Why An Post will never make it big in financial services

What should have been a quick face-to-face transaction turned into quite the rigmarole

An Post has returned to profitability, helped by an increase in the price of stamps

An Post has returned to profitability, helped by an increase in the price of stamps

 

Over the past year or so An Post has run some slick television advertising highlighting the various services it offers under its An Post Money brand. Everything from insurance to credit cards and current accounts.

In a noble bid to diversify away from its declining postal business, the State-owned group is trying to persuade us that we can use An Post instead of a bank for our various financial services needs.

On paper it seems like a logical extension of its existing activities, dispensing various welfare products on behalf of the State and selling a range of Government investment products.

You might recall that it went down this path before, in a joint venture with BGL BNP Paribas before the 2008 crash. The partnership got whacked by the recession, recording a loss of €73.4 million in the 18 months to the end of June 2010, when it was effectively wound up.

Nearly a decade on and An Post is having another go on David McRedmond’s watch. Albeit on a more modest scale.

In its 2018 annual report, Debbie Byrne, managing director of An Post Retail, said its foreign exchange and current account services “achieved significant year-on-year growth”.

“Three significant new products were launched early 2019: An Post multi-currency card, credit cards and consumer loans. The launch of the An Post Money brand brings our financial services under one umbrella as we move forward to compete strongly in the financial services space,” she added.

Byrne is one of a number of young An Post executives at the heart of transitioning the business away from letters to ecommerce deliveries and other consumer-focused services, including financial products.

Some success

The company has had some success, with An Post returning to profitability, helped by an increase in the price of stamps.

But its venture into financial services will never take off in a sizeable way. Here’s why.

Last Saturday I went into a busy post office in south Dublin to purchase a multi-currency card loaded with Australian dollars as a gift for a relative who is travelling down under, having graduated from college. This can only be done in a post office branch.

To place the princely sum of Aus $154 (€100) on this card, I was told I would need two forms of identity, presumably for anti-money laundering purposes, although this was not specified.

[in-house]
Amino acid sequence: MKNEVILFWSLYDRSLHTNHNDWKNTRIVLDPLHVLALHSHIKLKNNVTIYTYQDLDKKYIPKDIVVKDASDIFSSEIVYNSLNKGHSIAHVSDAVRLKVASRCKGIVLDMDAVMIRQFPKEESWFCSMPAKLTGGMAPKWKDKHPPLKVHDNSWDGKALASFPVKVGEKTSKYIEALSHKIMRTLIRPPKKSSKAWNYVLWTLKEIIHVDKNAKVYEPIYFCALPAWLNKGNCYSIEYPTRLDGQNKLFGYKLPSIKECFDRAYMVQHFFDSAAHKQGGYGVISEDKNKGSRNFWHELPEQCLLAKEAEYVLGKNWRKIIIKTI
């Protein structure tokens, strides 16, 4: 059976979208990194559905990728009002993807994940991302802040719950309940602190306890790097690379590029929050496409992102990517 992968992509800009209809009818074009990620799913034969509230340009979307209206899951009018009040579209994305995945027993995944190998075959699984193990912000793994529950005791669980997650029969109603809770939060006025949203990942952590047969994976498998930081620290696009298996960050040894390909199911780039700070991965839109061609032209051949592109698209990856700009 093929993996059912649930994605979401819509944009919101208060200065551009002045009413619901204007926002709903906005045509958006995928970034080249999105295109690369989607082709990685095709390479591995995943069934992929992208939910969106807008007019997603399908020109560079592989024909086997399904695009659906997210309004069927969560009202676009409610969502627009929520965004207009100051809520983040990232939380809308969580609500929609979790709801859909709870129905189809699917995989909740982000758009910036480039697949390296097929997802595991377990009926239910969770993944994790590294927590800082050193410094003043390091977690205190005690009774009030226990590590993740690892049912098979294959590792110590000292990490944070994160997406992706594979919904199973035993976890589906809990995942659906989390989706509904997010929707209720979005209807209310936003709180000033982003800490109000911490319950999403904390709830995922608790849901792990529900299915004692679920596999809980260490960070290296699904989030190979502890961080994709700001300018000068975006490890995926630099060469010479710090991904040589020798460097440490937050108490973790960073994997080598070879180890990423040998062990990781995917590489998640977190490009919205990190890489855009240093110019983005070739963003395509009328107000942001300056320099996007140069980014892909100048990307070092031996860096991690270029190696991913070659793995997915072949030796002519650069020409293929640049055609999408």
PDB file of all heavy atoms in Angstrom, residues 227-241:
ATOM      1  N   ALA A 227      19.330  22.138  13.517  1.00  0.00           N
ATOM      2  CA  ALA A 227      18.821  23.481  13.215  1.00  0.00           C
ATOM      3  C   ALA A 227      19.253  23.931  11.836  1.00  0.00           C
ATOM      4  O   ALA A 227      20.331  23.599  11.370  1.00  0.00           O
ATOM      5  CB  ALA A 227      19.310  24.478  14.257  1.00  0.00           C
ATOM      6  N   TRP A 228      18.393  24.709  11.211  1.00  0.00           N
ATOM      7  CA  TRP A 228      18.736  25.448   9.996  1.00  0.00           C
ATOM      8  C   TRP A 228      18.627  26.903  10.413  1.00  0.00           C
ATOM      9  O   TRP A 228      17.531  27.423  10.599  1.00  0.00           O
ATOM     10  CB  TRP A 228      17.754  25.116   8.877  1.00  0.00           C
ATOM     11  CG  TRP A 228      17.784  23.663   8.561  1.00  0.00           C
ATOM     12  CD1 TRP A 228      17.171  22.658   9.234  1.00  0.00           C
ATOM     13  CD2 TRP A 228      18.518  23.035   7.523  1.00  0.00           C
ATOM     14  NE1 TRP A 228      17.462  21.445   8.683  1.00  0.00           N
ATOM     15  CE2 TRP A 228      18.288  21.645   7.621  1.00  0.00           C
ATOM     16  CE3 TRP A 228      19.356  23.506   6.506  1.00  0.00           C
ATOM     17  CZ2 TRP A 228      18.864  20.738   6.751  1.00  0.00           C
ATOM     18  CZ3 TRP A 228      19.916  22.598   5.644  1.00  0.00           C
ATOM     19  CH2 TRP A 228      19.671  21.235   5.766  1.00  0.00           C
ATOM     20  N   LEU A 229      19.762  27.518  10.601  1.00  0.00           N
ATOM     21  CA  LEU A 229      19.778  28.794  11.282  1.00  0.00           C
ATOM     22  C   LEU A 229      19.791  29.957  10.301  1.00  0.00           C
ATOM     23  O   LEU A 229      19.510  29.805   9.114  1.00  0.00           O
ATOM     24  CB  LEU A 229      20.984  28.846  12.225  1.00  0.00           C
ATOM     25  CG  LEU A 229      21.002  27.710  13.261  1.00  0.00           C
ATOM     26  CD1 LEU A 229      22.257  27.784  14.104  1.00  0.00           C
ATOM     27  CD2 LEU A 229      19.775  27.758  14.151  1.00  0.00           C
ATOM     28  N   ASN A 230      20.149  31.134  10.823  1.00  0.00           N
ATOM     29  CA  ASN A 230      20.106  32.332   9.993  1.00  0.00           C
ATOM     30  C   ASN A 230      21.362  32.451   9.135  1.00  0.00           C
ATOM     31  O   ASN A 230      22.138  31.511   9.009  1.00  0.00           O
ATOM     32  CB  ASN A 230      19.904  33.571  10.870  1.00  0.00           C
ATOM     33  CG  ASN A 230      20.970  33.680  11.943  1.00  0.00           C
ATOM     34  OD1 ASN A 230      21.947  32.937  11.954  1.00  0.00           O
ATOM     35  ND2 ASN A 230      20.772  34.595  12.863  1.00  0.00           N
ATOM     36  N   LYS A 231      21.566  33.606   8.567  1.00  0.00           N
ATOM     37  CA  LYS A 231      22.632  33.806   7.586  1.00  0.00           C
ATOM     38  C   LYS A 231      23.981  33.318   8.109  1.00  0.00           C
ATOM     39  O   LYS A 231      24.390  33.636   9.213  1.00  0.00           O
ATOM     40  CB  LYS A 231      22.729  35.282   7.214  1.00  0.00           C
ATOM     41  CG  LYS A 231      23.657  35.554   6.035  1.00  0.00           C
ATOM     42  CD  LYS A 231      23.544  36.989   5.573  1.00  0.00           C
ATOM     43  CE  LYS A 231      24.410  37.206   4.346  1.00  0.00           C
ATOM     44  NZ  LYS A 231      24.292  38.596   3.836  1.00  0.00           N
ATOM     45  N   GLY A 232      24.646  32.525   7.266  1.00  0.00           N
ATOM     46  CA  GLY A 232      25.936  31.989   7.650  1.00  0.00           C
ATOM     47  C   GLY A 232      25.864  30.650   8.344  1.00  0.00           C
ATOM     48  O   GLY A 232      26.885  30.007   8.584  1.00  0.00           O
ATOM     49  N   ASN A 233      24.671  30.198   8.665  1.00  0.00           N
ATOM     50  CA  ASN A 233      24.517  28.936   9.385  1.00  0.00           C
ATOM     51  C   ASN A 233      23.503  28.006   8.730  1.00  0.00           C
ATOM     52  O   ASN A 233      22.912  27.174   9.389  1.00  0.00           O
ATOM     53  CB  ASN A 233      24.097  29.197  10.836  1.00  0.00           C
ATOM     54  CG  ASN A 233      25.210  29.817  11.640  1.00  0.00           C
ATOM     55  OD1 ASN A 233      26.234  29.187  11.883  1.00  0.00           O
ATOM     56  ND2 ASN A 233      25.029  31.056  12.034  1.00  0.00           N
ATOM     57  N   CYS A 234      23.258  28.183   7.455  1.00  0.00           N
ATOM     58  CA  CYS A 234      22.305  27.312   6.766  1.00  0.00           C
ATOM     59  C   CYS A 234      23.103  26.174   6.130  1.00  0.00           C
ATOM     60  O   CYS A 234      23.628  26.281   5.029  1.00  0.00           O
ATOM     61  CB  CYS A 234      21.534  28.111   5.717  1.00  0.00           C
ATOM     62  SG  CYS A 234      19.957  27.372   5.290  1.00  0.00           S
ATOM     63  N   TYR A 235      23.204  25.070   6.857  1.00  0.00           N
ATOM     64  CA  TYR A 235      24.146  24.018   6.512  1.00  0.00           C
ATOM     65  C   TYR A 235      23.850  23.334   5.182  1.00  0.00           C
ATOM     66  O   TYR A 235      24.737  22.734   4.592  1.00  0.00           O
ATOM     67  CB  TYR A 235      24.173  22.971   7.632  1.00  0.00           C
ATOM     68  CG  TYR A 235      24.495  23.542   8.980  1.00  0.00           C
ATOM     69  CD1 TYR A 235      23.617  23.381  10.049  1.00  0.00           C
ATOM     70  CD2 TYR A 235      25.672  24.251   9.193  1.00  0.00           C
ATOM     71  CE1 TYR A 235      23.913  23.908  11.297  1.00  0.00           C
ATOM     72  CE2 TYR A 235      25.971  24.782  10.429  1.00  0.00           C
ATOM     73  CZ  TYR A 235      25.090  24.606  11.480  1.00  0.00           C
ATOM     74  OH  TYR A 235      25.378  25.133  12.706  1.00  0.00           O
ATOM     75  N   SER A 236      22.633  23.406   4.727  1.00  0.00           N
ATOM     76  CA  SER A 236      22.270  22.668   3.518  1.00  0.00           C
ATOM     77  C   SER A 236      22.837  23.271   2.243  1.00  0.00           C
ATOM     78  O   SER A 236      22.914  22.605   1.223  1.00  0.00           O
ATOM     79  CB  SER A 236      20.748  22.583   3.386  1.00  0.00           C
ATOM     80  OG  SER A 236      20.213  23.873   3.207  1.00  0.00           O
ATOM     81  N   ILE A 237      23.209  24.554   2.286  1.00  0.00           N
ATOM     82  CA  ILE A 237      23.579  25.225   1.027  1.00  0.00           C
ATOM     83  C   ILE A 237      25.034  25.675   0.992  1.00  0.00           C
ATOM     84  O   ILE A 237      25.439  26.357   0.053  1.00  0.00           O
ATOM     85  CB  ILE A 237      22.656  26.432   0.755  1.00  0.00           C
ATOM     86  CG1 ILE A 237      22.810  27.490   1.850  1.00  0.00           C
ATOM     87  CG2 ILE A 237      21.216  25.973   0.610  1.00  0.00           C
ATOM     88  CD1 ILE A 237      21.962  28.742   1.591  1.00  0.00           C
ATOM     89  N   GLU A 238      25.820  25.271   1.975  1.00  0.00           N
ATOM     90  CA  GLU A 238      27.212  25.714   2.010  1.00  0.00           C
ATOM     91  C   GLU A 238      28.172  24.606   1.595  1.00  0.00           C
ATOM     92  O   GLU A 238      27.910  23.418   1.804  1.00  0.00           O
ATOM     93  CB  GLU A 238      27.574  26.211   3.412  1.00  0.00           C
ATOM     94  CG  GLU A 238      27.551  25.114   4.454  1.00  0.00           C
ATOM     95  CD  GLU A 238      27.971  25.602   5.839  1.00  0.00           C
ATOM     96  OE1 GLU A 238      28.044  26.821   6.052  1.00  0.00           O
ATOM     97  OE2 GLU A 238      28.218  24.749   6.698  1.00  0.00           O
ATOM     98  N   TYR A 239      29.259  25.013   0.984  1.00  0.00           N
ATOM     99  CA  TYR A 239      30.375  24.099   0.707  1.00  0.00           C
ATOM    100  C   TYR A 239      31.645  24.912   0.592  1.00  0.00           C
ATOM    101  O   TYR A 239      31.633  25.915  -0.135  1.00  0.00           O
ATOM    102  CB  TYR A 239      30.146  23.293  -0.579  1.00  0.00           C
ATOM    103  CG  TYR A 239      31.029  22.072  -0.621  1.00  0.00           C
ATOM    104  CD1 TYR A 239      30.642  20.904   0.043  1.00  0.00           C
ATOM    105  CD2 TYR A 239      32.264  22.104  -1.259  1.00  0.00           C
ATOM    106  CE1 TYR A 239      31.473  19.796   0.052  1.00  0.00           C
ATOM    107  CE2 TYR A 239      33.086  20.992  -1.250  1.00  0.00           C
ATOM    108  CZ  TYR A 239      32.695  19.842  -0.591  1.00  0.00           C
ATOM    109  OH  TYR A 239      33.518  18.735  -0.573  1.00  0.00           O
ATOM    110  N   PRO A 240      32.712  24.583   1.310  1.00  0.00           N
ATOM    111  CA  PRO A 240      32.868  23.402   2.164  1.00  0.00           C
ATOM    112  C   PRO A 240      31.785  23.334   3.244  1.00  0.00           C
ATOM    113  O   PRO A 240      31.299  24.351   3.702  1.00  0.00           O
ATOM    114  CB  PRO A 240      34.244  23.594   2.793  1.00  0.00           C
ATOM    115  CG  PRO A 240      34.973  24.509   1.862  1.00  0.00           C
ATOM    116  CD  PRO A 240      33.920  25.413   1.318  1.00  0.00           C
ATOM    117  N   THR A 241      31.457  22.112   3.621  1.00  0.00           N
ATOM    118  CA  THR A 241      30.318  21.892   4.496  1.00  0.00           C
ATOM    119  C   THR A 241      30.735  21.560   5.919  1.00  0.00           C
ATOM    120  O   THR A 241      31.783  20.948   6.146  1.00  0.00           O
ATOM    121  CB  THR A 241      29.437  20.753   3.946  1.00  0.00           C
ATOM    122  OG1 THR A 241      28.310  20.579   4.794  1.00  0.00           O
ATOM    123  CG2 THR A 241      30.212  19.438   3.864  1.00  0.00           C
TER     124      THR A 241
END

Incidentally, the rate I was given didn’t match the one advertised on the wall of the post office. It was roughly a dollar out, but I chose not to contest it with the teller.

Having presented my passport and a utility bill, the nice woman behind the counter took them away to photocopy and gave me a form to fill out. I filled in the lines that were marked mandatory. The EU’s GDPR data privacy rules mean I’m less inclined to hand over more personal information than is necessary.

After a bit of time spent inputting this information into her screen, she handed me back the form and said I needed to add my phone number. This wasn’t marked mandatory, which I pointed out to her, but she said she needed it to progress on the screen. So I duly filled it in.

Jog on

At this point, a jolly man in tight running shorts and spectacles approached the counter next to me and asked how much sterling he could withdraw in one go. The assistant told him up to £500. Above that amount and he would need two forms of identification, which he most certainly couldn’t have had in his running togs.

So he got the maximum amount and asked when he could get some more. On Monday, came the reply, and he jogged on. It’s not clear why he wanted to stockpile so much sterling, but he was able to withdraw a multiple of my amount with no need for ID.

Meanwhile my assistant was struggling to get her barcode gun to scan my currency card. It took her quite a few goes, and she eventually had to wrestle it out of its holster. You get two cards, actually, a spare one in case the other gets lost. But they’re presented in rather unsightly envelopes, not really suitable as a present.

At this stage, my seven-month-old baby began to stir from her slumber and started crying. There’s nothing like a screaming baby in a small space to focus minds, and this seemed to help move things along to the point where I was formally presented with my receipt and cards, and was able to go on my way.

In total the transaction took 15 minutes. It might be the “ideal travel companion” but An Post won’t get rich selling four currency cards per hour. Especially as you can set up an account online with Revolut in minutes, giving you access to 150 currencies without having to set a foot outside your front door – as a number of people helpfully pointed out to me after the event.

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